Well if teaching methods have shifted towards "facilitation" as you put it, I certainly haven't any evidence of it, unfortunately. I've heard of students doing their own projects for qualifications but unfortunately my school has never informed anyone that this was an option, never mind giving support to students who learn better this way. The closest thing to taking responsibility for your own education that I've came across was when I got a teacher who couldn't be bothered to do his job! It actually worked out well for me knowing that I had to plan my own course and revision and then being able to do it because he didn't give homework :/

    I probably am "ahead of the curve" but the amount of people that got distracted in class, especially in primary school says to me that they weren't being challenged enough - I know I certainly wasn't. (It also says that classes at that age really need to be smaller, but that's another debate )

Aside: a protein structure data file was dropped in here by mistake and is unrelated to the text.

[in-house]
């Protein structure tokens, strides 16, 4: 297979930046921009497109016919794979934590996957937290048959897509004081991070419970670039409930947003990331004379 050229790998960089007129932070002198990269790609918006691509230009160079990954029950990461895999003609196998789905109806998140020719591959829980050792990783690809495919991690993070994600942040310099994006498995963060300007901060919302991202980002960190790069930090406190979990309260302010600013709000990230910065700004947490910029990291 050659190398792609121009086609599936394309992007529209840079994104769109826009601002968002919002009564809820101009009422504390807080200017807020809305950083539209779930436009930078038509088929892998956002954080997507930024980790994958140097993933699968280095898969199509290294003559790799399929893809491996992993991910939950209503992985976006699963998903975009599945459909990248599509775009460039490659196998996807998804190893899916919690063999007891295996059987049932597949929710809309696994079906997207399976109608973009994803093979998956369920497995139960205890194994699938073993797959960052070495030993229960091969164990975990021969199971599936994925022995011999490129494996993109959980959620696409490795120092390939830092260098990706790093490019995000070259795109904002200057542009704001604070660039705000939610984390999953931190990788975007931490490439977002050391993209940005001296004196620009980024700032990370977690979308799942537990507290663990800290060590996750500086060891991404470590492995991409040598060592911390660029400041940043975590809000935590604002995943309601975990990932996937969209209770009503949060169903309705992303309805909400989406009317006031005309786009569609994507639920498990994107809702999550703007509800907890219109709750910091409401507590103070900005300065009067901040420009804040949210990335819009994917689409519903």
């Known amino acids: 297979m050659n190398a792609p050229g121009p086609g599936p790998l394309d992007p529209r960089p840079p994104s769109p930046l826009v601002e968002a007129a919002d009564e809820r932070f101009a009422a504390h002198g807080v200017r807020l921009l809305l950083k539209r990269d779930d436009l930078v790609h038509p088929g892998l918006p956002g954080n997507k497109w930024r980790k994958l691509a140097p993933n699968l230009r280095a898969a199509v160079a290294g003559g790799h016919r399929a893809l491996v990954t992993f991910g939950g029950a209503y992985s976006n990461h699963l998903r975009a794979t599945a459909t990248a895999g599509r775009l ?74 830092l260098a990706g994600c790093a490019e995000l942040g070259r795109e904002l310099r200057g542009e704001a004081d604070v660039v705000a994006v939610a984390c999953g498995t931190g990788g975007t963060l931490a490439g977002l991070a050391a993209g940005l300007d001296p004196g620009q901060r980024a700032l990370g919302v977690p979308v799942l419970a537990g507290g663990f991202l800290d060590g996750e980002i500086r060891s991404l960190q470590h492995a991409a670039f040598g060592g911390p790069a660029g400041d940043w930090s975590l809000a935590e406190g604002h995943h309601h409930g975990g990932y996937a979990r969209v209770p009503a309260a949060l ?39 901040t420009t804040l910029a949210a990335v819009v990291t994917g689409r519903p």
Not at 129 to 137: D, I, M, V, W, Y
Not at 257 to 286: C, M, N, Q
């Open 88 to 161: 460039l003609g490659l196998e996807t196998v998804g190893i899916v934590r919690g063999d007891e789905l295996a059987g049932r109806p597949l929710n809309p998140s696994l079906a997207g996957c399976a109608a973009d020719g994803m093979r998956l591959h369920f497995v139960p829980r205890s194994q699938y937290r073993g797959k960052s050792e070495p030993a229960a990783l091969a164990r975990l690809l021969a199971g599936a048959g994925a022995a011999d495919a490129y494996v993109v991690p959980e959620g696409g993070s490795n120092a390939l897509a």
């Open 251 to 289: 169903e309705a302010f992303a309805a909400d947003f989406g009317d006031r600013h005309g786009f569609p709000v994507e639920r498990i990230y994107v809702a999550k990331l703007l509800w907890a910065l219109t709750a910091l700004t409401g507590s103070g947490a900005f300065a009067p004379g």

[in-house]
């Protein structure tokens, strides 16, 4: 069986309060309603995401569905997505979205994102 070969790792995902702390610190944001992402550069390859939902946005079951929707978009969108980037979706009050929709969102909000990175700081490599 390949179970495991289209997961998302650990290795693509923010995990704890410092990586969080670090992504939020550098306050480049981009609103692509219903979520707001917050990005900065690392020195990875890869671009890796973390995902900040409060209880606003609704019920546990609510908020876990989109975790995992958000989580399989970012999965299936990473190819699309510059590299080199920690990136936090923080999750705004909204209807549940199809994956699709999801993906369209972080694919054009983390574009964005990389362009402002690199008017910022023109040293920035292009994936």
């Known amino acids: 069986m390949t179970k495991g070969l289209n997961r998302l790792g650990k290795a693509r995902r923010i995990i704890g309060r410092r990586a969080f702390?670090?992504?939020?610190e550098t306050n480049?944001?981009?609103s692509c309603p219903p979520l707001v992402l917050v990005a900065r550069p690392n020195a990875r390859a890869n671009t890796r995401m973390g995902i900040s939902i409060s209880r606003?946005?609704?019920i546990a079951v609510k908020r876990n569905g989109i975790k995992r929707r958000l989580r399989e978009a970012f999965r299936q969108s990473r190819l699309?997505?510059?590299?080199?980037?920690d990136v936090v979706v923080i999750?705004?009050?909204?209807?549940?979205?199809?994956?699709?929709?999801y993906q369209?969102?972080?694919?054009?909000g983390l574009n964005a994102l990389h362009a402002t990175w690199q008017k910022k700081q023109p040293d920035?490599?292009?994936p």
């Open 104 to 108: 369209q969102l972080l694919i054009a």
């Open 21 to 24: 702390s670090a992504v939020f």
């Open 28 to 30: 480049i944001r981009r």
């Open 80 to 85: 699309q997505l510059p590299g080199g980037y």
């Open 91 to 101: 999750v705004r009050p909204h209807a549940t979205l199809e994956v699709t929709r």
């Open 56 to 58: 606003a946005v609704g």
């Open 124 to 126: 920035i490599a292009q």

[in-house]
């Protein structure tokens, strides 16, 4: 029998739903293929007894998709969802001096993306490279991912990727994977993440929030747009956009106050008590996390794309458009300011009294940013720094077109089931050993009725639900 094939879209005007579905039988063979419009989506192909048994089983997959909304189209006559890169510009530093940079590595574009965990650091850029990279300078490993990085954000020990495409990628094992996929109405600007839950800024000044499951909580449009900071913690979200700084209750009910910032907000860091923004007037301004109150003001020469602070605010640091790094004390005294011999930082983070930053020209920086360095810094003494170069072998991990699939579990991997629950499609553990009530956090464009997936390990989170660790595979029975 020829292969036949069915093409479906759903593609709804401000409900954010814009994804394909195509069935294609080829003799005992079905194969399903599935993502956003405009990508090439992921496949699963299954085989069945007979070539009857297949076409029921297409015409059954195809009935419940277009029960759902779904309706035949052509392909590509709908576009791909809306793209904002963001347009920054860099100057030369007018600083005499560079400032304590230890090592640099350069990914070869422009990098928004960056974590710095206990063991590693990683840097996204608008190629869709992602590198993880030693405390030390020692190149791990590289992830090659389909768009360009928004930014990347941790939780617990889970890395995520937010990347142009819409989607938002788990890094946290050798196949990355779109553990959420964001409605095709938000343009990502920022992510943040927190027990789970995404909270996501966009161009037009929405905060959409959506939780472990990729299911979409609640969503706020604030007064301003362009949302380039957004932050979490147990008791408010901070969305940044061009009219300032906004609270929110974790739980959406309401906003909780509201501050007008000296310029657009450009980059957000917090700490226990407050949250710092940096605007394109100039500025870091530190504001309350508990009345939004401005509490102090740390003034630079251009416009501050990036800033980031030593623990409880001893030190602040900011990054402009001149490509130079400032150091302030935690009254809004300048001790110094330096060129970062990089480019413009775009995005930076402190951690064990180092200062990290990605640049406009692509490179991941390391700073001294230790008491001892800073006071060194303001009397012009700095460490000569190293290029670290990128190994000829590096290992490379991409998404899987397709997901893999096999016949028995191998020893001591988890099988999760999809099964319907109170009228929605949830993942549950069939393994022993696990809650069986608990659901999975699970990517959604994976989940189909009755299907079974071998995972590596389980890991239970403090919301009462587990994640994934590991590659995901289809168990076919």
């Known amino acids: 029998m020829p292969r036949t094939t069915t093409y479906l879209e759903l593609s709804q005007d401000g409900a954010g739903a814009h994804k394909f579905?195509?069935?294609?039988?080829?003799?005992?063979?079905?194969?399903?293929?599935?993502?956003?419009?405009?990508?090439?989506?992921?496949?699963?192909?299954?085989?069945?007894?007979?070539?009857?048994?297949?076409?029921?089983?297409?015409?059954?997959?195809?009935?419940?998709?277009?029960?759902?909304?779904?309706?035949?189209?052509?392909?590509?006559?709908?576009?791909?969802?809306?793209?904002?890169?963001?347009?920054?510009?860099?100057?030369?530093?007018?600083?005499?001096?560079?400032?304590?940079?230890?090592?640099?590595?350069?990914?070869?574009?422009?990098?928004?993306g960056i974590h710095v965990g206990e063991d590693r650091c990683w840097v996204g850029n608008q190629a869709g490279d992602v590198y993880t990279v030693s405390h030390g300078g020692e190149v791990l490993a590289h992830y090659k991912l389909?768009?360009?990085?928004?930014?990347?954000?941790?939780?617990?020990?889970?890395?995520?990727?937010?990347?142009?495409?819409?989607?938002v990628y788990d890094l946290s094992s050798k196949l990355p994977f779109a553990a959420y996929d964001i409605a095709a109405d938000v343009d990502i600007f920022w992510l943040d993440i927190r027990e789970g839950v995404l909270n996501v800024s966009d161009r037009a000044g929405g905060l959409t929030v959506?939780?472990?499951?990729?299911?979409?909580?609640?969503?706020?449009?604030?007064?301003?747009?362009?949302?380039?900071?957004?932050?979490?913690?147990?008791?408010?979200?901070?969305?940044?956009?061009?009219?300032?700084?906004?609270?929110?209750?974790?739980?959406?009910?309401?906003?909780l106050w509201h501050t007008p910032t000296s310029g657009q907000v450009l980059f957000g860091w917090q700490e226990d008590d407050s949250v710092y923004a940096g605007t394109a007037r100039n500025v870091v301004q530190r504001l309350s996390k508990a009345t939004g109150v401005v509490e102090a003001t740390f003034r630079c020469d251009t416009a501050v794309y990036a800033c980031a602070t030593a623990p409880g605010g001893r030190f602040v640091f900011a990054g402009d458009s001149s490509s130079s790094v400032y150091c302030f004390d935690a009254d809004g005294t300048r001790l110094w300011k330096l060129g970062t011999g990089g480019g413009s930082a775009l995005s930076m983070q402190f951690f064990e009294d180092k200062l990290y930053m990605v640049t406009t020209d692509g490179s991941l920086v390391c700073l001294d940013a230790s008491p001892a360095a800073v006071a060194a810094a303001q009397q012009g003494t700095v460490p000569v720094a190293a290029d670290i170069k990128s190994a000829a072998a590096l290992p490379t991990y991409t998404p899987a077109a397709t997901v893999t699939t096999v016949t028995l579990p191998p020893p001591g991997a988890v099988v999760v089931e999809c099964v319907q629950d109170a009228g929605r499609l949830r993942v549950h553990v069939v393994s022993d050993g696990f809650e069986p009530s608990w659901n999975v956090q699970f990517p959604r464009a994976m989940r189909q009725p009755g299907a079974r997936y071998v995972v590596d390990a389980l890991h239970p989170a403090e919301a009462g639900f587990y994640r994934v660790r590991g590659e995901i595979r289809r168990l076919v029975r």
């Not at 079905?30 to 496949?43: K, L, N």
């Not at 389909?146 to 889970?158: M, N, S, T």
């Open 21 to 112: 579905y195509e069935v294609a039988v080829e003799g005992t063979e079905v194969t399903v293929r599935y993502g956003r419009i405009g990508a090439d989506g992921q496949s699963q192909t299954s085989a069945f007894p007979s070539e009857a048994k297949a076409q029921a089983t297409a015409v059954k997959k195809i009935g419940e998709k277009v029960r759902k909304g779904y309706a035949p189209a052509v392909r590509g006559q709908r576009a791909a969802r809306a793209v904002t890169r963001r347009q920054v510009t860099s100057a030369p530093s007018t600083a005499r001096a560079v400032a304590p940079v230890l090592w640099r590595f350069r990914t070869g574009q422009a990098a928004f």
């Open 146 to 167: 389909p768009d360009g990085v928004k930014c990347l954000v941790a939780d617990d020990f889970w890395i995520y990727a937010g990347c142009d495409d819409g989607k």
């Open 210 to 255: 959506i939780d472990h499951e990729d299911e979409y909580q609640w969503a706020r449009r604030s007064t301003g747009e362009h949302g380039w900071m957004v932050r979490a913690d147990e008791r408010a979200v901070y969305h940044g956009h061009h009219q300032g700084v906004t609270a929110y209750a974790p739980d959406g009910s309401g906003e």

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    (Original post by Pectorac)
    The vast majority of UK students go to primary school until they finish year 6, then transfer to a secondary school for Key Stage 3, GCSE, then A-level.

    You are not going to get a group of 8 year olds learning algebra or discussing the economy; they're 8. Let them be children for a while before making them sit down and learn proper things in secondary school. At that age they're more concerned with who's got the coolest pencil; they're not able to be set more challenging, secondary level work.